4

I'm looking for the title and author of a short story I read in the early 1980's. It was in an anthology of sf short stories in a library in the UK but that does not mean it was by a British author (I remember the library had a lot of Heinlein, Asimov and Bradbury but I don't think it is by any of them). Most of the books in this small library dated from the 1970's but it could have been written earlier.

Plot summary is as follows.

Story is told from the point of view of a dog or cat like creature that is used by a lone human as a hunting tool, like the way hounds are sent to chase foxes. They land their spaceship on an icy planet and hunt a large tiger like creature that I vaguely recall had several green eyes. This creature repeatedly and telepathically asks the dog/cat creature "what have you done today that was free?"

The large tiger creature is caught killed and beheaded, but later back in the spaceship the human hunter seems to feel remorse or disgust for his actions and throws the severed head in the garbage.

Can anyone out there identify this for me please?

3

Pelt by Carol Emshwiller.

The story starts:

She was a white dog with a wide face and eager eyes, and this was the planet, Jaxa, in winter.
She trotted well ahead of the master, sometimes nose to ground, sometimes sniffing the air, and she didn’t care if they were being watched or not. She knew that strange things skulked behind iced trees, but strangeness was her job. She had been trained for it, and crisp, glittering Jaxa was, she felt, exactly what she had been trained for, born for.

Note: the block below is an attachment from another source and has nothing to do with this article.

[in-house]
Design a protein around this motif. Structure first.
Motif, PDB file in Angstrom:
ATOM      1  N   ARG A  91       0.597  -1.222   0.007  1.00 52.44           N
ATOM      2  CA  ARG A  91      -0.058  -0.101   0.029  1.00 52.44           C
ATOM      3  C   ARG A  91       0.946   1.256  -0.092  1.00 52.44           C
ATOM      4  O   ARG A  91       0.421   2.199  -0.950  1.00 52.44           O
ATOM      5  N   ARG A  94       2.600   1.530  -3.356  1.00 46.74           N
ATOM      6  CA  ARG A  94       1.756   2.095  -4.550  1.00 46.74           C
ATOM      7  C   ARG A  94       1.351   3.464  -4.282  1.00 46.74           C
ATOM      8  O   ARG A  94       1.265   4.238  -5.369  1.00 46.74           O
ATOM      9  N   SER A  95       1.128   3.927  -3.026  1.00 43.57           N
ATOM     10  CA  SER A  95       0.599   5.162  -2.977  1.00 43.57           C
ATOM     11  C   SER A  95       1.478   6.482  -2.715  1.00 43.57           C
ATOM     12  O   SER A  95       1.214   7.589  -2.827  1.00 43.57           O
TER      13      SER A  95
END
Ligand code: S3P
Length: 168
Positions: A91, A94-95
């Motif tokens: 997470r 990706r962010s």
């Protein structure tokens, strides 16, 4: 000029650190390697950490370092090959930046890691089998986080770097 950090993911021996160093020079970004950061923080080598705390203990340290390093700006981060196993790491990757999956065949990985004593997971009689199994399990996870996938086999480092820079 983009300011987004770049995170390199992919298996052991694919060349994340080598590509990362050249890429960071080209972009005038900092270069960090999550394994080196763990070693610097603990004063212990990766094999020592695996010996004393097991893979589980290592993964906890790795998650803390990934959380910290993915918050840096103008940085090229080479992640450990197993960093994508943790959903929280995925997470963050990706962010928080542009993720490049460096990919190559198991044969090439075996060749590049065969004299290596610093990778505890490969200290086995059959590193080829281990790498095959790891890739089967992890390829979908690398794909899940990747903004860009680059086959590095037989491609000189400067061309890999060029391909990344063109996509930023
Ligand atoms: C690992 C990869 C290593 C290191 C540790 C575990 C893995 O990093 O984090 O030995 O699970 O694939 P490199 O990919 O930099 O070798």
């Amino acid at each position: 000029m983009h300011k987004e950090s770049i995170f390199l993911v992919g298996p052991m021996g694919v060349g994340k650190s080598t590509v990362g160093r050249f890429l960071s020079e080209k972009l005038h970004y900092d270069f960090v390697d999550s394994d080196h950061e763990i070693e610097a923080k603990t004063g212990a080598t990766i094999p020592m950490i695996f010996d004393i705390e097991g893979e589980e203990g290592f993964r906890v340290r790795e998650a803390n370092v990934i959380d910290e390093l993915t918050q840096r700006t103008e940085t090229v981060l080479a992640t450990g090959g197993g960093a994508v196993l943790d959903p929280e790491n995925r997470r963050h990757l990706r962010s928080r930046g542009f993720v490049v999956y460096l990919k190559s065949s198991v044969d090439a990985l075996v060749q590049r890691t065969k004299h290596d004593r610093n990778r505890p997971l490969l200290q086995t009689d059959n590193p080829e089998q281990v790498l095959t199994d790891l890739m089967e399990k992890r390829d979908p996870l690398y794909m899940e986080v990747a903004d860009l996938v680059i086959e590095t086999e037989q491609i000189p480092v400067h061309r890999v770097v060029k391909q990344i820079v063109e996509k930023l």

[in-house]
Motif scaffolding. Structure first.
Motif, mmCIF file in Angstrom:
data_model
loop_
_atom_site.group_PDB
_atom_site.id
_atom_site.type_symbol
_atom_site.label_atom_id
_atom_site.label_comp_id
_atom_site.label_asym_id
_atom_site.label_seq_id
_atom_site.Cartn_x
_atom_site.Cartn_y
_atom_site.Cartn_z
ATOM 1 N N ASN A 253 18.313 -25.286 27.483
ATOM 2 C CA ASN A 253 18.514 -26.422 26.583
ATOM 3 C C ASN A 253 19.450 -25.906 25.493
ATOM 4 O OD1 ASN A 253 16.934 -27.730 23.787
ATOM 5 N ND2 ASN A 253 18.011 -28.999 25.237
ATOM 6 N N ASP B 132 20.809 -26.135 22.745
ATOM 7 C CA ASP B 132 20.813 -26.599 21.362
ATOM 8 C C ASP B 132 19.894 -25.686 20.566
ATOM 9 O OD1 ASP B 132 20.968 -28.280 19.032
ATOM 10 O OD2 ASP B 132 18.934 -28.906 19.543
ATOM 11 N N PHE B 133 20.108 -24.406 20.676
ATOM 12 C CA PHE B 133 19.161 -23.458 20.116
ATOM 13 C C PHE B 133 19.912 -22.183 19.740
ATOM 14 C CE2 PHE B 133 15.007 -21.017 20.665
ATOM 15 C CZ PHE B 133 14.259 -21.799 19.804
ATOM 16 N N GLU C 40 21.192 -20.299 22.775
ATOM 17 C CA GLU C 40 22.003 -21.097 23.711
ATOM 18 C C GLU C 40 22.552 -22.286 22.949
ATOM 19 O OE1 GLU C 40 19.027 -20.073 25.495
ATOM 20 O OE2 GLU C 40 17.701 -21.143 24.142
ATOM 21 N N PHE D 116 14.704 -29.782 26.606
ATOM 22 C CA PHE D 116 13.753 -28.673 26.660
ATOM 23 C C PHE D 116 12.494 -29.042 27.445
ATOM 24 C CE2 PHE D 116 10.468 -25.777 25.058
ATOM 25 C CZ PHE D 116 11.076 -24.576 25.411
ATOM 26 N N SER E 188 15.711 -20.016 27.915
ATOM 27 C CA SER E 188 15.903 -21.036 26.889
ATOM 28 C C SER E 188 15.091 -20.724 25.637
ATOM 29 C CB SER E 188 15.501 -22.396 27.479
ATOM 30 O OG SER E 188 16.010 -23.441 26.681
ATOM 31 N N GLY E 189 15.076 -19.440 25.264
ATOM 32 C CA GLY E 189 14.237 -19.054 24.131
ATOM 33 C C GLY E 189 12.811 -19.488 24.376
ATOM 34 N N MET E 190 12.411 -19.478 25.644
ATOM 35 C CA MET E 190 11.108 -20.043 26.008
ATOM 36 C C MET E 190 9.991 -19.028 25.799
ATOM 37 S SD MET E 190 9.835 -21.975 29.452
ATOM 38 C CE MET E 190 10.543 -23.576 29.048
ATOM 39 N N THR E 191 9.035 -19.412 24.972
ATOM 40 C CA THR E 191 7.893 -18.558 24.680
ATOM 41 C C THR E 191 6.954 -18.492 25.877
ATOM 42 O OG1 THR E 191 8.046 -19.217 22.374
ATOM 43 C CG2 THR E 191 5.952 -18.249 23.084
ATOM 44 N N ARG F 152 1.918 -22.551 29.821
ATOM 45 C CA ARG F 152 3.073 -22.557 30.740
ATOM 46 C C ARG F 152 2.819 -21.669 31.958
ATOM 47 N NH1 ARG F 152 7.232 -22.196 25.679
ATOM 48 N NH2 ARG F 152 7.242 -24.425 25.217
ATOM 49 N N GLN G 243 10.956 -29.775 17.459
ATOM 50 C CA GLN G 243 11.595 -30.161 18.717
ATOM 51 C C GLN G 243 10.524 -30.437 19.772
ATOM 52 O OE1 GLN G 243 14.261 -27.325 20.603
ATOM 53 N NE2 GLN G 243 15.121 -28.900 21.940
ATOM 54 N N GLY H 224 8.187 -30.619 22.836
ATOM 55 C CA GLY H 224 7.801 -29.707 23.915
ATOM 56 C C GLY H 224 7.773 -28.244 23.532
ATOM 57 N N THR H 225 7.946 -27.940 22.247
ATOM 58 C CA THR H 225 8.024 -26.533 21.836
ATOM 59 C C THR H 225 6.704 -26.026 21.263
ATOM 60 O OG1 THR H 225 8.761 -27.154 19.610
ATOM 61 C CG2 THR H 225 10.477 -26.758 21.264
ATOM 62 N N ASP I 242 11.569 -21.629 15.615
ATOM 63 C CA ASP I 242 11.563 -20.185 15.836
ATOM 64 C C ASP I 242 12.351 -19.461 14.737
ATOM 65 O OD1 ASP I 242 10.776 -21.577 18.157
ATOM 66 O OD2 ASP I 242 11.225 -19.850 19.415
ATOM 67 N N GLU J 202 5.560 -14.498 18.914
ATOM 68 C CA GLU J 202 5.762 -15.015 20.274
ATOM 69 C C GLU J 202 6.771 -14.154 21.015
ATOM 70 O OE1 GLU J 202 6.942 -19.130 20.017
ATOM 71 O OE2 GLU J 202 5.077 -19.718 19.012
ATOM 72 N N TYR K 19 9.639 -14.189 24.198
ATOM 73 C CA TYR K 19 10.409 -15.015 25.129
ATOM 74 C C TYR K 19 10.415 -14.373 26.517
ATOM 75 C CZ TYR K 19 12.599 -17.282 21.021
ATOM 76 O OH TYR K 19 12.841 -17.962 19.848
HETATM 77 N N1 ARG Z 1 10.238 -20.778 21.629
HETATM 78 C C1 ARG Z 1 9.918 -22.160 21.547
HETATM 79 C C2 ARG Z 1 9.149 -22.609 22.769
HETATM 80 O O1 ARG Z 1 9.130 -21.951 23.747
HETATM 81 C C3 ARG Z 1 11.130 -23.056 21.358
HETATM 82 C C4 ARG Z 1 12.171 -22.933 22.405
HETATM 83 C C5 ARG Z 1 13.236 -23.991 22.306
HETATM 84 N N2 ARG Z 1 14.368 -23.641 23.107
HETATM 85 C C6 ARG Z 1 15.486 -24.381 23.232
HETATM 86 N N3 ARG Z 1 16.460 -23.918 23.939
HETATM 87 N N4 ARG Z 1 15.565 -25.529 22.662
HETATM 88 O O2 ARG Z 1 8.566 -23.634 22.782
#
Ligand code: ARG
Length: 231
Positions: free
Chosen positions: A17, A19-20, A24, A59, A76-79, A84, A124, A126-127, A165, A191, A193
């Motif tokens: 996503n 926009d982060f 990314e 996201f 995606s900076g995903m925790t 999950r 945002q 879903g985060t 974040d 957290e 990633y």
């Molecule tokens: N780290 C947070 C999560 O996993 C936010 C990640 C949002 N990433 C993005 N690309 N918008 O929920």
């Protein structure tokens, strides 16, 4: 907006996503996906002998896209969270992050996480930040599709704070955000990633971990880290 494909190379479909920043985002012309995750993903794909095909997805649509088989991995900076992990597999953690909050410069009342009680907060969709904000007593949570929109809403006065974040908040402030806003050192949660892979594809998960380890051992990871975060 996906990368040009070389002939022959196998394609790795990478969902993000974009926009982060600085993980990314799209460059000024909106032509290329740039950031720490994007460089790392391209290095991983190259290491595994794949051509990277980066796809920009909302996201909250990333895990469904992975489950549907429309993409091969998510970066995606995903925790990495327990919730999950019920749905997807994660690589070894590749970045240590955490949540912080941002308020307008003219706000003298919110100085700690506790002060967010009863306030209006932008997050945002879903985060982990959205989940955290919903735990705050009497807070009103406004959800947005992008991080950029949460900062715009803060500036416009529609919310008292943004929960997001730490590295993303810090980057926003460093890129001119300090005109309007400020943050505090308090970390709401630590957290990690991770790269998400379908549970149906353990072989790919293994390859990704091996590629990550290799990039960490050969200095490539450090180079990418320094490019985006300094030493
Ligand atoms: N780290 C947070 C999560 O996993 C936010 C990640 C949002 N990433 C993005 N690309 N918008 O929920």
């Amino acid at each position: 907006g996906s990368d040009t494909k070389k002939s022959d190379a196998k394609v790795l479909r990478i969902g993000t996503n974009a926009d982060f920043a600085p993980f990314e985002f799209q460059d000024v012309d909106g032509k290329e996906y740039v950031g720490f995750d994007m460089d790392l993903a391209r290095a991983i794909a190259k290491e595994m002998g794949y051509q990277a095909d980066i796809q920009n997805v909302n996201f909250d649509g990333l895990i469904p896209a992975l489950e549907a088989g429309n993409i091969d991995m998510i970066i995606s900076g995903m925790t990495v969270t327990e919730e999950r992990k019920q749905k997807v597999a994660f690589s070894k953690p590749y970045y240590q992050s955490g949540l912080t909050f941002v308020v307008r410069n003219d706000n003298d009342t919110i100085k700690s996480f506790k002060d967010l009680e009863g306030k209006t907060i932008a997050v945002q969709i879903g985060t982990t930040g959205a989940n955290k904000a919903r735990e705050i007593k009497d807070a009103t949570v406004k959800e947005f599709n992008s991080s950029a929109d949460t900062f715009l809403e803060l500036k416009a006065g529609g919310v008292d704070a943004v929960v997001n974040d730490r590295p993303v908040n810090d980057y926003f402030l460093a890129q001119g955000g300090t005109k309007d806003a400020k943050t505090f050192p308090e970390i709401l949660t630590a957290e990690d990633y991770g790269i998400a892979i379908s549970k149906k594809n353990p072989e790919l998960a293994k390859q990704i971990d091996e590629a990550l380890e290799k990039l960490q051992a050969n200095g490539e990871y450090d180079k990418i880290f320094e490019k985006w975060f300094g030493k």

We never learn the name of the animal being hunted, but the description is (this is as perceived by the dog):

It was silver and black, a tiger-striped thing, and the whitish parts glistened and caught the light as the ice of Jaxa did, and sparkled and dazzled in the same way. And there, in the center of the face, was a large and terrible orange eye, rimmed in black with black radiating lines crossing the forehead and rounding the head. That spot of orange dominated the whole figure, but it was a flat, blind eye, unreal, grown out of fur. At first she saw only that spot of color, but then she noticed under it two small, red glinting eyes and they were kind, not terrible.

The tiger communicates telepathically with the dog:

The thing spoke to her then, and its voice was a deep lullaby sound of buzzing cellos. It gestured with a thick, fur-backed hand. It promised, offered, and asked; and she listened, knowing and not knowing.

We have watched you, little slave. What have you done that is free today? Take the liberty. Here is the earth for your four shoed feet, the sky of stars, the ice to drink. Do something free today. Do, do.

At the end of the story the man almost dumps the headin the waste disposal but at the end chooses to keep it:

Afterward he opened the parchment bag. She knew what was in it. She knew he knew too, but she knew by the smell. He opened it and dumped out the head and the hands. His face was tight and his mouth stiff.

She saw him almost put the big head out the waste chute, but he didn’t. He took it in to the place where he kept good heads and some odd paws or hoofs, and he put it by the others there.

  • Excellent! Thats definitely it! Wow, people are really sharp on this site. Thank you! – dominic fonde Jul 25 '17 at 22:08
  • I read this in SF THE BEST OF THE BEST, edited by Judith Merrill. This also contained Space-Time for Springers by Fritz Leiber. – sueelleker Jul 27 '17 at 16:30

Your Answer

By clicking “Post Your Answer”, you agree to our terms of service, privacy policy and cookie policy

Not the answer you're looking for? Browse other questions tagged or ask your own question.